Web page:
Brierley Hill regeneration a ‘moral imperative’

Early projection of Brierley Hill town centre

Brierley Hill Town Centre Partnership has urged planning authorities to press ahead with plans to regenerate the area, describing the need to tackle social disadvantage a ‘moral imperative’.

The partnership issued its call to action as part of its representation on the Brierley Hill Area Action Plan – consultation on which closed on Friday 1th January.

At its meeting the previous day the partnership had heard of social need in the area where the average life span of males living in the ward is a shocking seven years less than in nearby more affluent wards.

Partnership chairman Tim Sunter said:

“The health statistics in the area are very concerning.  So too are figures for unemployment, income levels and education.

“We cannot keep putting off regeneration activity.  Consultation has been taking place on regeneration proposals for the last 12 years.  If we are to tackle need in the area then adopting and implementing the plan as a matter of urgency is a morale imperative.

“There is a momentum to the regeneration of the area – the new road, a new health centre and the proposals for a new college campus are very exciting.  Then there is the work of training agencies and the National Youth Theatre which demonstrate the ability of our younger generation.”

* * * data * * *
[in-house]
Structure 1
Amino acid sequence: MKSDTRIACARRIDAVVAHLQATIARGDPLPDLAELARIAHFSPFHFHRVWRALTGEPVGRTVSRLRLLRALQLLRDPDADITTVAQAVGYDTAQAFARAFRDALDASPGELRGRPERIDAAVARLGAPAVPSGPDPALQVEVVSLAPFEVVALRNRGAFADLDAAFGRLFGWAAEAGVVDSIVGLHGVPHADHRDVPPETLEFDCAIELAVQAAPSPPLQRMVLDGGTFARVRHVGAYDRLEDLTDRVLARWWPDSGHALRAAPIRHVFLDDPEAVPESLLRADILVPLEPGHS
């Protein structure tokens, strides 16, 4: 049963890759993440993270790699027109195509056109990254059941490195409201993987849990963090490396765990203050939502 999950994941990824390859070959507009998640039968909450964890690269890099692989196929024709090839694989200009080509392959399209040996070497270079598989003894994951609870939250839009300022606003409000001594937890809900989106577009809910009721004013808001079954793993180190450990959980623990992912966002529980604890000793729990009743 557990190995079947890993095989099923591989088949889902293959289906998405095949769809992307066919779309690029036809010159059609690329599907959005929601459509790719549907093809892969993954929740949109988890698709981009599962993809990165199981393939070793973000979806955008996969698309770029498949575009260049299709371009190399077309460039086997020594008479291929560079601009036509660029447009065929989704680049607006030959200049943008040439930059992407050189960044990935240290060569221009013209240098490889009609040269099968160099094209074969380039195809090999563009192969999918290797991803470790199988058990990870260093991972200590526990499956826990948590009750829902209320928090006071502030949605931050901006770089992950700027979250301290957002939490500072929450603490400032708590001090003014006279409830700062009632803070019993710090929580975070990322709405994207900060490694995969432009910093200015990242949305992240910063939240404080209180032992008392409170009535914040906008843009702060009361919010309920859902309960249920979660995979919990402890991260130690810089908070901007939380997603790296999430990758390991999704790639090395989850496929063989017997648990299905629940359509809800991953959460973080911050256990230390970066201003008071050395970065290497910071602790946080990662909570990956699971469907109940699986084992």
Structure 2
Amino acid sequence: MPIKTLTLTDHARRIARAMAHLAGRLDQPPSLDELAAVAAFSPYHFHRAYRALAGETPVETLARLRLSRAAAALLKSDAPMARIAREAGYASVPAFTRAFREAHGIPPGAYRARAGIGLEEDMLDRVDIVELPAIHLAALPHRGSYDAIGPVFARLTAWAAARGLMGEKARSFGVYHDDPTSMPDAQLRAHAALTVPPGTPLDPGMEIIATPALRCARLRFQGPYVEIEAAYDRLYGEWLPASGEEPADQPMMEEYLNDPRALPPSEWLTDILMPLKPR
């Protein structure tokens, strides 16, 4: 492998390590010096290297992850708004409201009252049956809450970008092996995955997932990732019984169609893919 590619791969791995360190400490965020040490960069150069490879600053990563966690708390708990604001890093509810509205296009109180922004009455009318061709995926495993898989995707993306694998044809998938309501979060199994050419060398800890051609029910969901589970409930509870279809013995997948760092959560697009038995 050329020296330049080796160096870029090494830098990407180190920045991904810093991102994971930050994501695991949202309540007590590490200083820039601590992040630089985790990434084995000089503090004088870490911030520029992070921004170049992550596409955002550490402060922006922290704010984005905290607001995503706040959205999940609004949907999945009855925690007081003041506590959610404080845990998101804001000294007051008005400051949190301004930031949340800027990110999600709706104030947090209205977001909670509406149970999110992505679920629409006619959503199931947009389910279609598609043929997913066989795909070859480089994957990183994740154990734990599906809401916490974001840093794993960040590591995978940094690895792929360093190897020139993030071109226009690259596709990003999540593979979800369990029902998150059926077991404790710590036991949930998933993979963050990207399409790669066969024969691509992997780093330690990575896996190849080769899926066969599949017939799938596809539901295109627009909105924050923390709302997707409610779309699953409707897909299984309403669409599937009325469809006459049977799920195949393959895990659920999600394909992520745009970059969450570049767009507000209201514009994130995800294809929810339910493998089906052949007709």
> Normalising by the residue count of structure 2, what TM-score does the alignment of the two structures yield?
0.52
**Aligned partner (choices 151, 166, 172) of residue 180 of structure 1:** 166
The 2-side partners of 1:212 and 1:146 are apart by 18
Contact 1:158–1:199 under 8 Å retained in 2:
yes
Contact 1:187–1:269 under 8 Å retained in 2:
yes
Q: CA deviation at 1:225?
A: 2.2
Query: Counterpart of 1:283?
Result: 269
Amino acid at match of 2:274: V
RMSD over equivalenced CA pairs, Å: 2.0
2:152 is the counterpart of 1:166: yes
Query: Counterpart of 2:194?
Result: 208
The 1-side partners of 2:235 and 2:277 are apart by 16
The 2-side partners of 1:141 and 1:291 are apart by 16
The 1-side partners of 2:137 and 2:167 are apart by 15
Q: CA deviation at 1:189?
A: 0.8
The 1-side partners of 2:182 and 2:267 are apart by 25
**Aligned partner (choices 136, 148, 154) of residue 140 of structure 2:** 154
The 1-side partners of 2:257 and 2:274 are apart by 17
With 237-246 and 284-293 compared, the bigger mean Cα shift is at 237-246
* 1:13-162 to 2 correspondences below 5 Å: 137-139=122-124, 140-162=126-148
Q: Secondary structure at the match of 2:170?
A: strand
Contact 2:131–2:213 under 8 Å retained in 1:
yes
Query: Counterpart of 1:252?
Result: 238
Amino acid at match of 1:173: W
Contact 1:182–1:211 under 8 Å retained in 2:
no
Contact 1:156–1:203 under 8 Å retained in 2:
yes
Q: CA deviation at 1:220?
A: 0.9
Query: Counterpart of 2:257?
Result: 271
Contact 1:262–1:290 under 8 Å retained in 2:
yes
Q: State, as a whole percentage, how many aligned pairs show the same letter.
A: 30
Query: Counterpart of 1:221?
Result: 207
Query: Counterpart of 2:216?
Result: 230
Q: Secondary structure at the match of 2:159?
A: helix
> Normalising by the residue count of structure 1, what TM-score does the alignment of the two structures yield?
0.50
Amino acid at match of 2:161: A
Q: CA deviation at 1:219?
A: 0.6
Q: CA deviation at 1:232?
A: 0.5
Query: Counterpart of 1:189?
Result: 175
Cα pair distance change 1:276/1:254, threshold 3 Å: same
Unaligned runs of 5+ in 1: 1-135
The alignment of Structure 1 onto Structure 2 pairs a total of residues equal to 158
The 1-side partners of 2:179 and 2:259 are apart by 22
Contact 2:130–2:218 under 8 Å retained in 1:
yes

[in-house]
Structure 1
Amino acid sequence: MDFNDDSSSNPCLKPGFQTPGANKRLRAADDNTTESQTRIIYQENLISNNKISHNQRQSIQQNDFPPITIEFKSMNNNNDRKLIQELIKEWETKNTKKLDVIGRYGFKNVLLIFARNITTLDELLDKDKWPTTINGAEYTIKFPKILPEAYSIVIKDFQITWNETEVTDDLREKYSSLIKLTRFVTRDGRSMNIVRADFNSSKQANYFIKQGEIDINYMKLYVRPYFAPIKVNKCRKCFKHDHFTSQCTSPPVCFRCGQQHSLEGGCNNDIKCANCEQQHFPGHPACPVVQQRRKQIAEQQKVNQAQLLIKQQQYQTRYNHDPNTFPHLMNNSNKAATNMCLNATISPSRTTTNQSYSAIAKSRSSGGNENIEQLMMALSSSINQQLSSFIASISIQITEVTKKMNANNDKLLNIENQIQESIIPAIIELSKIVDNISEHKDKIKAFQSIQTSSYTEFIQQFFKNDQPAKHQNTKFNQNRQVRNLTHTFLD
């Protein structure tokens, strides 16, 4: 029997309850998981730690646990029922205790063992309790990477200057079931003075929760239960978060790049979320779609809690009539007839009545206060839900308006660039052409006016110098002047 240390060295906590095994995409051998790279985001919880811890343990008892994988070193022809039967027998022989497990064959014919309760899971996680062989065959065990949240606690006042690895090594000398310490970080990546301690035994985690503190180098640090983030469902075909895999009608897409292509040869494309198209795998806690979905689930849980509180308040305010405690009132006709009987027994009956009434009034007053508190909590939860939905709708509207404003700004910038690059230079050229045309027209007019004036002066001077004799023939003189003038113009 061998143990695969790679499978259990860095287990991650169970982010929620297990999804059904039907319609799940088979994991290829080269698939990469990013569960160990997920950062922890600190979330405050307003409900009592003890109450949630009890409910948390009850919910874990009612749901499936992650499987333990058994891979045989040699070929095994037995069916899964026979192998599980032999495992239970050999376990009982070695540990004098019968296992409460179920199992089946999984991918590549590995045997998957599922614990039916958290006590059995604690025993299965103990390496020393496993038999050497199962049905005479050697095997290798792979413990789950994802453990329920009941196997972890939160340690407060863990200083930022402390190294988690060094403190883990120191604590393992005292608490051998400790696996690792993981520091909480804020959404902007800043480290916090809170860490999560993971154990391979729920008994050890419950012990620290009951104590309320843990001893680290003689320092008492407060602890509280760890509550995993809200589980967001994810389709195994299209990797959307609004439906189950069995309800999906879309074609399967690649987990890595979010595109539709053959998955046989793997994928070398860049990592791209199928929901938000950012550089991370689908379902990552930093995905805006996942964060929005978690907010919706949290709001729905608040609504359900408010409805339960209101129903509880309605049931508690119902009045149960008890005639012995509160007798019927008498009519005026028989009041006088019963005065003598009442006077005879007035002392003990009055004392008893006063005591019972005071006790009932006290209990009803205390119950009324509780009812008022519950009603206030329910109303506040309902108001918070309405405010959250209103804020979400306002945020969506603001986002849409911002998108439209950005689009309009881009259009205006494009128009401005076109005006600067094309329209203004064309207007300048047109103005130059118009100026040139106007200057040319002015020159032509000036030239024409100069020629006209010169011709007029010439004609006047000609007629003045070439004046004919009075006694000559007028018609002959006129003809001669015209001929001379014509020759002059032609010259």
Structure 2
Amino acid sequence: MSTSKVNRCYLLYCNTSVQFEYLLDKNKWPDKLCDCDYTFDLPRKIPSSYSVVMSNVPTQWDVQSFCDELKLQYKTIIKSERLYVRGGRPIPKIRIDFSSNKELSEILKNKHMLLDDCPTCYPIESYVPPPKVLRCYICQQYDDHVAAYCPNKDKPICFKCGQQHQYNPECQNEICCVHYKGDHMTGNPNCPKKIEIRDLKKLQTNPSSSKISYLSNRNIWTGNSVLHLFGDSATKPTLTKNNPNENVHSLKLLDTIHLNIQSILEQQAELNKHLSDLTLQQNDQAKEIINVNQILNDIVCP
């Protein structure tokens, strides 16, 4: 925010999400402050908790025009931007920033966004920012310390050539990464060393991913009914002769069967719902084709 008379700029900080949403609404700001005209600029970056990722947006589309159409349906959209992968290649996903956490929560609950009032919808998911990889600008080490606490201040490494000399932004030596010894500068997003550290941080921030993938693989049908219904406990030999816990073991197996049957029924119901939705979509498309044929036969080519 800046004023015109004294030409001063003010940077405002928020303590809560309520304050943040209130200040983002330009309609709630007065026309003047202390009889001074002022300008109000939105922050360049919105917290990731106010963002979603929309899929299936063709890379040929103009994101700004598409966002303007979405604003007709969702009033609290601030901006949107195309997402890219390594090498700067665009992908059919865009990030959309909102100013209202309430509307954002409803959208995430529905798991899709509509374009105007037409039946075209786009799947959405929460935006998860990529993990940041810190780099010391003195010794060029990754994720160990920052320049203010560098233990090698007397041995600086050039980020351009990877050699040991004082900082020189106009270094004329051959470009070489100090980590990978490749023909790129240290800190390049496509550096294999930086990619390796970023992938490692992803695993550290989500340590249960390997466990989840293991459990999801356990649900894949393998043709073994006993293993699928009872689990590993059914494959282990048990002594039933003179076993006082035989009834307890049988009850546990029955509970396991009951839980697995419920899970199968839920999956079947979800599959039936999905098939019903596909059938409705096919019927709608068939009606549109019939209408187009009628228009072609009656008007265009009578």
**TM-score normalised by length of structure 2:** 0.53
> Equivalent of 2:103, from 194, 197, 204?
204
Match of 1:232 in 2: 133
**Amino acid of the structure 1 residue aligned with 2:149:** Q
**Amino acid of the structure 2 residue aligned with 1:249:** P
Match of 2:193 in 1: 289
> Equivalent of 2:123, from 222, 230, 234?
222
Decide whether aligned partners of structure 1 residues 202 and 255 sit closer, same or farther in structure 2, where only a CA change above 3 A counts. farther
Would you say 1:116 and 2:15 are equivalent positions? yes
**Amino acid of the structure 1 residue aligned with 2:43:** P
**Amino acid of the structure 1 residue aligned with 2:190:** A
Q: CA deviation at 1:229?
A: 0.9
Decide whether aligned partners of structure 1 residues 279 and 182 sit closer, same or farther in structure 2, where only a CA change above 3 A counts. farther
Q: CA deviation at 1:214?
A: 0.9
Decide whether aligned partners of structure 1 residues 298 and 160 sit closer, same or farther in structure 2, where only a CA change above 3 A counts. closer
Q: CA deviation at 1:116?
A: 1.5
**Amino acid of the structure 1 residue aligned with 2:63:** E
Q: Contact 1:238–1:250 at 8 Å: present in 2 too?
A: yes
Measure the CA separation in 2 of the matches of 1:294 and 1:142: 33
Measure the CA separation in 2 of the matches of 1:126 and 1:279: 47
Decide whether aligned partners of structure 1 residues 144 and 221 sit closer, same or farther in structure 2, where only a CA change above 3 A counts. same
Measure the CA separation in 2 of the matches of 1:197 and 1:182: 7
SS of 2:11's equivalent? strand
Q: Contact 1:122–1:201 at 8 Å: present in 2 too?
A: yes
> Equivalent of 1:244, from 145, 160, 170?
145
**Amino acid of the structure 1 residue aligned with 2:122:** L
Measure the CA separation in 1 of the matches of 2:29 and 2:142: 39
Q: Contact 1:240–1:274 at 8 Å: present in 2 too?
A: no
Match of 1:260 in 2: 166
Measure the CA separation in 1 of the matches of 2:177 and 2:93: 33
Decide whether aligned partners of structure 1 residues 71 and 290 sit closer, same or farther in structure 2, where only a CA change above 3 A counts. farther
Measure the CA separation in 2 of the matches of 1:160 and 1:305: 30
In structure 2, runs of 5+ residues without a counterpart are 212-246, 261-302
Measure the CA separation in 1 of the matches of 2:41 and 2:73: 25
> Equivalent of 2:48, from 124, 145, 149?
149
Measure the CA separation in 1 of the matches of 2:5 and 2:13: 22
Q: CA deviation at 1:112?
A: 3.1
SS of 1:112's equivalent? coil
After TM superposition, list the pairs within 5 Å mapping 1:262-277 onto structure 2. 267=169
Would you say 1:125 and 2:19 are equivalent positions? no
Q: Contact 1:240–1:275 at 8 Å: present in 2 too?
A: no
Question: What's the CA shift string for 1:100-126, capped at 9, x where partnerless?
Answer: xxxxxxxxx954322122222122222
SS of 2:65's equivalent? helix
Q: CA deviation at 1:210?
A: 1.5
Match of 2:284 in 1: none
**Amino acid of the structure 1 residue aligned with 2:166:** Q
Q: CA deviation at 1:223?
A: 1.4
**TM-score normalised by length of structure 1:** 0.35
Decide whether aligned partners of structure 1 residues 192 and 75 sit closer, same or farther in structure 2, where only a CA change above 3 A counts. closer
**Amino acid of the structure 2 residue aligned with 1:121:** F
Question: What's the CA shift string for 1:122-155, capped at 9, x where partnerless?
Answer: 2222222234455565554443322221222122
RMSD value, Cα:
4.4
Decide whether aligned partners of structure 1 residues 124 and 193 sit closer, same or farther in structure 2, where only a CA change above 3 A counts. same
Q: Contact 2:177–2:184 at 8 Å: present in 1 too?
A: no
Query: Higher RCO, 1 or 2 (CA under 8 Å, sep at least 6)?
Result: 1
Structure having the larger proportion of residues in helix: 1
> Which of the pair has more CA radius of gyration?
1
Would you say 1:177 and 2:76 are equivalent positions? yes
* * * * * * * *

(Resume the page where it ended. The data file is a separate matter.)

If adopted,  the ambitious plan seeks  to secure investment to  provide new shopping and employment opportunities that generate over 21,000 estimated new jobs, more than 3,200 new homes, an improved transport network, leisure and community facilities and other services by 2026.

Details of the plan can be found on the council’s website

One comment on “Brierley Hill regeneration a ‘moral imperative’

  1. […] Today the area also has a much wider range of industries, from Brierley Hill Web Design companies to a wide range of hospitality businesses, and yet its industrial past is still evident. High-tech companies such as sit just a short hop away from the Broadfield Glass Museum. And, of course, the Merry Hill Shopping Centre is built on the steelworks site and what was the area’s last working urban farm. The area is still a hub of industry, but it depends on a wider mix of businesses than ever before. Its residents would also like to see even more being done to boost the area’s prospects, as indicated on the town’s own blog at […]

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